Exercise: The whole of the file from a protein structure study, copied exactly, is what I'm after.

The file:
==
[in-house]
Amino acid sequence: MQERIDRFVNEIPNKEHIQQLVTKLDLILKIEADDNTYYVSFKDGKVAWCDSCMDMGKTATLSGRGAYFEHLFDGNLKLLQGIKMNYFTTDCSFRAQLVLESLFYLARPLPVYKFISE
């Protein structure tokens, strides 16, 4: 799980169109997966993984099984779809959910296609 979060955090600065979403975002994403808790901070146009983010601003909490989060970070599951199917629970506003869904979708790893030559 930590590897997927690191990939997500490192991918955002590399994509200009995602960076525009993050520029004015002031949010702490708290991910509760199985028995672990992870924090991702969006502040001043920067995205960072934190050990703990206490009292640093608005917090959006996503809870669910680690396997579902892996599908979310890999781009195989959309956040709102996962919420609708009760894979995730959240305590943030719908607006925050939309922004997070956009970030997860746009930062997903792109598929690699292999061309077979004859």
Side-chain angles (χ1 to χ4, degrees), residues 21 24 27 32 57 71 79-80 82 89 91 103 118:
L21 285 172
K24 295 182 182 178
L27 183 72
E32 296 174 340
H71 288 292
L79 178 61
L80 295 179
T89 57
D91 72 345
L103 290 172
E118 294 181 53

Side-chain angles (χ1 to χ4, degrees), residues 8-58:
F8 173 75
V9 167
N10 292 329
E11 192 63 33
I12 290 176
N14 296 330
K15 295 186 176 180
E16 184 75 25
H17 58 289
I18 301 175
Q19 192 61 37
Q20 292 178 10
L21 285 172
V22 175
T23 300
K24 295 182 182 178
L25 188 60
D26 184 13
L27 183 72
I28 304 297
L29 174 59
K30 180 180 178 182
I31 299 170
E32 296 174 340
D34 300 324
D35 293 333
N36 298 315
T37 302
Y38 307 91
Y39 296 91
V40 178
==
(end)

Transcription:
[in-house]
Amino acid sequence: MQERIDRFVNEIPNKEHIQQLVTKLDLILKIEADDNTYYVSFKDGKVAWCDSCMDMGKTATLSGRGAYFEHLFDGNLKLLQGIKMNYFTTDCSFRAQLVLESLFYLARPLPVYKFISE
């Protein structure tokens, strides 16, 4: 799980169109997966993984099984779809959910296609 979060955090600065979403975002994403808790901070146009983010601003909490989060970070599951199917629970506003869904979708790893030559 930590590897997927690191990939997500490192991918955002590399994509200009995602960076525009993050520029004015002031949010702490708290991910509760199985028995672990992870924090991702969006502040001043920067995205960072934190050990703990206490009292640093608005917090959006996503809870669910680690396997579902892996599908979310890999781009195989959309956040709102996962919420609708009760894979995730959240305590943030719908607006925050939309922004997070956009970030997860746009930062997903792109598929690699292999061309077979004859």
Side-chain angles (χ1 to χ4, degrees), residues 21 24 27 32 57 71 79-80 82 89 91 103 118:
L21 285 172
K24 295 182 182 178
L27 183 72
E32 296 174 340
H71 288 292
L79 178 61
L80 295 179
T89 57
D91 72 345
L103 290 172
E118 294 181 53

Side-chain angles (χ1 to χ4, degrees), residues 8-58:
F8 173 75
V9 167
N10 292 329
E11 192 63 33
I12 290 176
N14 296 330
K15 295 186 176 180
E16 184 75 25
H17 58 289
I18 301 175
Q19 192 61 37
Q20 292 178 10
L21 285 172
V22 175
T23 300
K24 295 182 182 178
L25 188 60
D26 184 13
L27 183 72
I28 304 297
L29 174 59
K30 180 180 178 182
I31 299 170
E32 296 174 340
D34 300 324
D35 293 333
N36 298 315
T37 302
Y38 307 91
Y39 296 91
V40 178